Saturday, August 27, 2011

As you like it - easy okonomiyaki recipe

Okonomiyaki is quintessential Japanese street food.  Fitting then that the first time I tried it was from a street stall off Brick Lane earlier this year.

I was over the moon to find out that Reiko included okonomiyaki on her home cookery course and even more delighted to find out how simple it was to make.

The beauty is, the quantities don't need to be too precise and you can use whatever toppings you fancy.  In fact, the name okonomiyaki means 'what you like'.  I've made versions using squid, prawns and mushrooms.  Meat eaters might want to add ham or bacon. You can read more about regional variations in the Wikipedia entry
What really makes this dish is the okonomiyaki sauce and the bonito flakes, which are both very distinctive flavours.  If you can't find an Asian supermarket near you, you can buy them online.

Ingredients (Makes 2 pancakes):
125g self-raising flour
1 teaspoon dashi powder (you can leave this out if you don't have any)
150ml water
2 eggs
4 leaves from a pointed cabbage (also known as sweetheart cabbage), chopped

To top:
Okonomiyaki sauce
Japanese mayonnaise
Bonito flakes
2 spring onions, finely chopped
Your choice of squid, prawns, mushrooms, ham

Mix the flour with the dashi powder in a large bowl.  Add the eggs and water and mix to a smooth batter.

Add the cabbage and mix.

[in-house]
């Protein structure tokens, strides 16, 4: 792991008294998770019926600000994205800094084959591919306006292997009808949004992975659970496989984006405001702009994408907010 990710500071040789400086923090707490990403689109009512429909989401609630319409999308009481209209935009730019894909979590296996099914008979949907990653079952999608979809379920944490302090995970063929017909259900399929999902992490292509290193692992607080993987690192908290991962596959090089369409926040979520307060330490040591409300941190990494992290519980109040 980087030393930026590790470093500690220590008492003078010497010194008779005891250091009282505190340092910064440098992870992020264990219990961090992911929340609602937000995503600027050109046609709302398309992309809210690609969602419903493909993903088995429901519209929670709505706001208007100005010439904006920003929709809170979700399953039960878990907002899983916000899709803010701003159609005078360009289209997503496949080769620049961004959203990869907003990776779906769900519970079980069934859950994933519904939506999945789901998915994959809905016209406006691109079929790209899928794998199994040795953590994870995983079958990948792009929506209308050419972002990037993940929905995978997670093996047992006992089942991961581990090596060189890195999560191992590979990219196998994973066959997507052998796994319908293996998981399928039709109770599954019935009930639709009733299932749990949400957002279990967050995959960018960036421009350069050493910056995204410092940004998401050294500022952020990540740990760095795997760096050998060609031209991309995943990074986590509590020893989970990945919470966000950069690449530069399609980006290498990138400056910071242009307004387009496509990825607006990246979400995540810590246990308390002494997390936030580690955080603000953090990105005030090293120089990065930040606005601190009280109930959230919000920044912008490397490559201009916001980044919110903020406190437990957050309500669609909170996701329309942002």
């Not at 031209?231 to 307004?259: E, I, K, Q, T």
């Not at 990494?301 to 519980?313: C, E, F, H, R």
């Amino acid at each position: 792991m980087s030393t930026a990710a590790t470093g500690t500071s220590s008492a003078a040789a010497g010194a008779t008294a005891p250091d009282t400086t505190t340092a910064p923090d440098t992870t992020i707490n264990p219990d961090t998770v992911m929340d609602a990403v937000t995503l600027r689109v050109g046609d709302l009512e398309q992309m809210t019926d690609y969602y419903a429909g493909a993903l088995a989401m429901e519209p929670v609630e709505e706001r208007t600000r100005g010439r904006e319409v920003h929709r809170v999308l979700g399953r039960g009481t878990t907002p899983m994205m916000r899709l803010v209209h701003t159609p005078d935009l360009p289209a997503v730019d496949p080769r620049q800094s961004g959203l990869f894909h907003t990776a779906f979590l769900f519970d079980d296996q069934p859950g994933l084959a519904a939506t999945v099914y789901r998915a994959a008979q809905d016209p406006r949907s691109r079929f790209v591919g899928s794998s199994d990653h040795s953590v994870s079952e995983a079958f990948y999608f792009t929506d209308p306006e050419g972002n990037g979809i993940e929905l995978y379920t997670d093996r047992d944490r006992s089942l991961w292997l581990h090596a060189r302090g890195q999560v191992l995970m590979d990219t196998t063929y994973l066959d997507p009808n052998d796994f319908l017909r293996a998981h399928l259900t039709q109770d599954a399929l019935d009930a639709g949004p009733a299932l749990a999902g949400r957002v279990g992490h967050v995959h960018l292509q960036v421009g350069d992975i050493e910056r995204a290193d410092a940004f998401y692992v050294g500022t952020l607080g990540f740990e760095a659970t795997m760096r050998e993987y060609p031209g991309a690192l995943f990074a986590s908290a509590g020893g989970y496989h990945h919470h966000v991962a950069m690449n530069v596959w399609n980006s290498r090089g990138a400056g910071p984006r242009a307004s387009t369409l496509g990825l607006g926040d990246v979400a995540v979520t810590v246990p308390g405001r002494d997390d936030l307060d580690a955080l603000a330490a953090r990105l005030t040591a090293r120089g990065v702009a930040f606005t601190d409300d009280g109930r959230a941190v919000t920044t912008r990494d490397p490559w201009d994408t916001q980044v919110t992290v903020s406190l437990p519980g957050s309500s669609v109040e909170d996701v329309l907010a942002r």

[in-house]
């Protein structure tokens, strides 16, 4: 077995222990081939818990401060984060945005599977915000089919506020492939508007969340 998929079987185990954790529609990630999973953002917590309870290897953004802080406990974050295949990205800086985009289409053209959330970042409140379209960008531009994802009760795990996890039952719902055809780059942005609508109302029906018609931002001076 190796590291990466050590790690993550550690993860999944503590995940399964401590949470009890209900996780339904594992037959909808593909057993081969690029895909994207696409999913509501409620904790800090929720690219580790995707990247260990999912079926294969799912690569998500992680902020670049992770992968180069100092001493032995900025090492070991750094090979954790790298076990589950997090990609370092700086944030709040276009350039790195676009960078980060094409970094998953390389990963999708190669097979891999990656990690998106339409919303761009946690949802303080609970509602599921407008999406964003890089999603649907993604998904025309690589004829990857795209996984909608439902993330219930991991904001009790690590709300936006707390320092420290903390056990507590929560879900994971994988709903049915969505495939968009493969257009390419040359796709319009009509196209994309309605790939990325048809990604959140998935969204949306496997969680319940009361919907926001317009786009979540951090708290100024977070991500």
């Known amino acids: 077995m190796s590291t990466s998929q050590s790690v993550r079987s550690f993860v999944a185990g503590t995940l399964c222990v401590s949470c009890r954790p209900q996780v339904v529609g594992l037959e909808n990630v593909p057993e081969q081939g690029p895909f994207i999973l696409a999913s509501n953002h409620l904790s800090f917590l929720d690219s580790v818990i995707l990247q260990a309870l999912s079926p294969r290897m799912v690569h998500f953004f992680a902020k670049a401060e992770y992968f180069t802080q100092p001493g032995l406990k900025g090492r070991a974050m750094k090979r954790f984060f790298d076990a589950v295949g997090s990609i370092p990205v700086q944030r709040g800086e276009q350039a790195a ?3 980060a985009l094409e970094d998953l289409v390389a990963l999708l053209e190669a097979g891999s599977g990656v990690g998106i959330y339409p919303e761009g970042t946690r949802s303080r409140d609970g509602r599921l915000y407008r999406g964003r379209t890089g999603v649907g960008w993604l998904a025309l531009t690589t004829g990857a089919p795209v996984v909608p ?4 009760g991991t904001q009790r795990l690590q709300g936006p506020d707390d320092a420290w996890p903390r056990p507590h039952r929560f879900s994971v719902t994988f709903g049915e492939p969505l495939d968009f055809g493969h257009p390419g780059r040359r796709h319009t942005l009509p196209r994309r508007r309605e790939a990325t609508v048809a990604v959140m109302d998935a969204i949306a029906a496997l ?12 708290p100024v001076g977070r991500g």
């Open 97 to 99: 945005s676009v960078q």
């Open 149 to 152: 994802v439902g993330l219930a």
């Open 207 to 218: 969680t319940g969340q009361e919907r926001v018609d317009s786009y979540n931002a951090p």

Heat 1 tablespoon of vegetable oil in a large frying pan over a medium heat.  Spoon in half the mixture into the pan and gently flatten to about 1cm thickness.  Repeat with the remaining mixture (If your frying pan is big enough, cook both in the same pan).

Lay the squid/prawns/bacon on top of the pancakes.

Cook for about 10 minutes on a medium-low heat, until lightly browned on the underside.

Flip over and cook for a further 5-10 minutes.

Transfer the pancakes to plates.  Spread with okonomiyaki sauce, sprinkle with the spring onion, drizzle with Japanese mayonnaise and top with bonito flakes. 

Okonomiyaki - how I like it!



  1. Looks like a great recipe. One of my favourite memories of Japan was drinking and eating with the owners of an Okonomiyaki place in Nagoya... I definitely drank too much, but I don't think that there is a limit to how much okonomiyaki one can eat! :)

  2. That sounds fantastic. I'd love to go to Japan. One day soon... And I totally agree, okonomyaki is addictive! c


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